If you possess mighty brain power, you may wind up with more years in your life to mull the meaning of life.
A comprehensive, population-wide study from Scotland that tracked intelligence scores and health patterns of individuals from 1936 to 2015 found an inverse association between mental prowess and mortality rates.
The large-scale study, based on the lives of more than 65,000 people born in Scotland in 1936, discovered that a higher IQ in childhood reduced the risk of death at age 79 from a wide range of diseases and conditions, including heart disease, stroke, some cancers and dementia.
“This research project has taken several years to complete and covers a large dataset across Scotland. We don’t fully know yet why intelligence from childhood and longevity are related, and we are keeping an open mind,” said study author Ian Deary, Director of the Center for Cognitive Aging and Cognitive Epidemiology at the University of Cambridge.
The researchers controlled for several factors, including age, gender and wealth, that might have influenced health results. Yet still, the intelligence-and-longevity link remained. They speculate that a number of different factors may be at play in the results they found.
“Lifestyles – e.g., not smoking – education, health literacy, less deprivation, and genetics might all play a part. Future studies would benefit from measures of the cumulative load of such risk factors over the life course,” added Deary.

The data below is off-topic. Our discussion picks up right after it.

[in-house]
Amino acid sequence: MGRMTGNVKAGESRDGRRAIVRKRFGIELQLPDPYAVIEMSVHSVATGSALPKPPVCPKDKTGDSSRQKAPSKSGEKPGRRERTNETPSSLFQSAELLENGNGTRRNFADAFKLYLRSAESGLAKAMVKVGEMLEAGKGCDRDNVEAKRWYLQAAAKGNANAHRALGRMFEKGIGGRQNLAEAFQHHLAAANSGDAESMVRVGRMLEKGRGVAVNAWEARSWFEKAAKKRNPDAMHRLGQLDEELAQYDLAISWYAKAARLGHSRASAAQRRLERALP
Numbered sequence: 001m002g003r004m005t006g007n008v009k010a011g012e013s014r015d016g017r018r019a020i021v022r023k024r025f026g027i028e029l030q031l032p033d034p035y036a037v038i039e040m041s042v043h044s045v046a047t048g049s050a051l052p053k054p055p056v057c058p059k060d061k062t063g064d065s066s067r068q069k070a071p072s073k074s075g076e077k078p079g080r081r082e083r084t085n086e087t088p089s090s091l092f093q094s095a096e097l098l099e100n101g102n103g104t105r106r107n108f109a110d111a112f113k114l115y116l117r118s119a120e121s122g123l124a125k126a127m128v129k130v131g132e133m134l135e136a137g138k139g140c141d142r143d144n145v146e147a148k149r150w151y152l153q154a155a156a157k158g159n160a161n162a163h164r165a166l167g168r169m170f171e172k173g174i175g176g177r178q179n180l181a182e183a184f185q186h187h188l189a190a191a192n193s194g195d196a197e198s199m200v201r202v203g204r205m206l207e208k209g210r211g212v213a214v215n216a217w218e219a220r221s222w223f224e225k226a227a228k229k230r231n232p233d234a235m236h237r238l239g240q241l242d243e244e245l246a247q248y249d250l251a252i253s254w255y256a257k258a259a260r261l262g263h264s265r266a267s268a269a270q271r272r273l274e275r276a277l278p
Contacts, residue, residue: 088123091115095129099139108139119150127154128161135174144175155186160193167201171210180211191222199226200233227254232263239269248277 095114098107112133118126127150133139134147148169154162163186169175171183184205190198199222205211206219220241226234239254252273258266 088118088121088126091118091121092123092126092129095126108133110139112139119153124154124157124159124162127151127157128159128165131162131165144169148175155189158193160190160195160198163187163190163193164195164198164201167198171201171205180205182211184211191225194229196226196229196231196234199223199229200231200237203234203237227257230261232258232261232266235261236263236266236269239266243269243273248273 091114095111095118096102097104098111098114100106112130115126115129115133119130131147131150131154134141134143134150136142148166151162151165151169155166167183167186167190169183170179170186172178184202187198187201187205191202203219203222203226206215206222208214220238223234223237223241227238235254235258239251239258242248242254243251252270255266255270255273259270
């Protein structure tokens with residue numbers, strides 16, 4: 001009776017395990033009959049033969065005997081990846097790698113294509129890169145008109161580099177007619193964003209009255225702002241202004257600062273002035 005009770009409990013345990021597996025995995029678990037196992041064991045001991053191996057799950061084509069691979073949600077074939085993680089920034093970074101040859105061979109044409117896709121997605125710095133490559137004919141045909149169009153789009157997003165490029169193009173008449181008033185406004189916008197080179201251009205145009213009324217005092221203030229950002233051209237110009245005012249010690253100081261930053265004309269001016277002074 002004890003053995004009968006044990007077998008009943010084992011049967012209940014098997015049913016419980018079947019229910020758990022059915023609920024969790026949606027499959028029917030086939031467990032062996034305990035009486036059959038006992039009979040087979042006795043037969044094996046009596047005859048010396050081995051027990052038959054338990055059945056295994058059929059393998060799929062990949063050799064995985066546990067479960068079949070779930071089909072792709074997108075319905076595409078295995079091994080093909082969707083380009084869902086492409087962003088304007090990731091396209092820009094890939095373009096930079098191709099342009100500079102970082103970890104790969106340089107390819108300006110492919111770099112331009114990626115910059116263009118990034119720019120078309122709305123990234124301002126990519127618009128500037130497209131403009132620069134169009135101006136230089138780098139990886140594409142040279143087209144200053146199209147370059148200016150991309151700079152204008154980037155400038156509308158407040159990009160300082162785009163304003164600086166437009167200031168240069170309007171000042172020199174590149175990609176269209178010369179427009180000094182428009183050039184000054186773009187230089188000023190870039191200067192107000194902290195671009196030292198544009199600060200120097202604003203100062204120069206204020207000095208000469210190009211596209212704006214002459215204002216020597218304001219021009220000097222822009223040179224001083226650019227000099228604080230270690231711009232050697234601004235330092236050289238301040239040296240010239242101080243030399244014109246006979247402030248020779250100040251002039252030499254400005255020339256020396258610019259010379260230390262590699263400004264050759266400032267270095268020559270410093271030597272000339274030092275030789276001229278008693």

A Closer Look
The researchers analyzed IQ scores with causes of death, along with a person’s age of mortality, to come up with their findings. For example, for some causes of death, they compared people in the highest 10 percent of IQ scores to people in the lowest 10 percent. Here are some specific discoveries, as reported in the British Medical Journal.
- “Risk of death related to lifetime respiratory disease was two-thirds lower in the top performing 10th for childhood intelligence versus the bottom 10th.”
- “For deaths from coronary heart disease, stroke, smoking-related cancers, digestive diseases and external causes, risk of mortality was halved for those in the highest versus lowest 10th of intelligence.”
- “The risk of dementia-related mortality and deaths by suicide were reduced by at least a third in the highest performing quarter of intelligence test score versus the lowest quarter. There was no evident association between childhood intelligence and mortality from cancers not related to smoking.”
- “The greatest difference in effect estimate was for dementia, whereby a 1 [standard deviation] higher score in childhood intelligence was associated with a 10% reduced risk of death from dementia in men and a 24% reduced risk in women.”
- “The strongest association was evident for death related to lung cancer: the risk in the highest performing 10th of childhood intelligence was reduced by two-thirds compared with the lowest performing 10th.”
The associations remain strong across gender boundaries and are found in both men and women, the researchers report. They also add that socioeconomic status does not appear to impact the rates of longevity.
Ultimately, “in this first whole population birth cohort study linking childhood intelligence test scores to cause of death, in a follow-up spanning age 11-79, we found inverse associations for all major causes of death,” write the researchers.
Richard Scott is a health care reporter focusing on health policy and public health. Richard keeps tabs on national health trends from his Philadelphia location and is an active member of the Association of Health Care Journalists.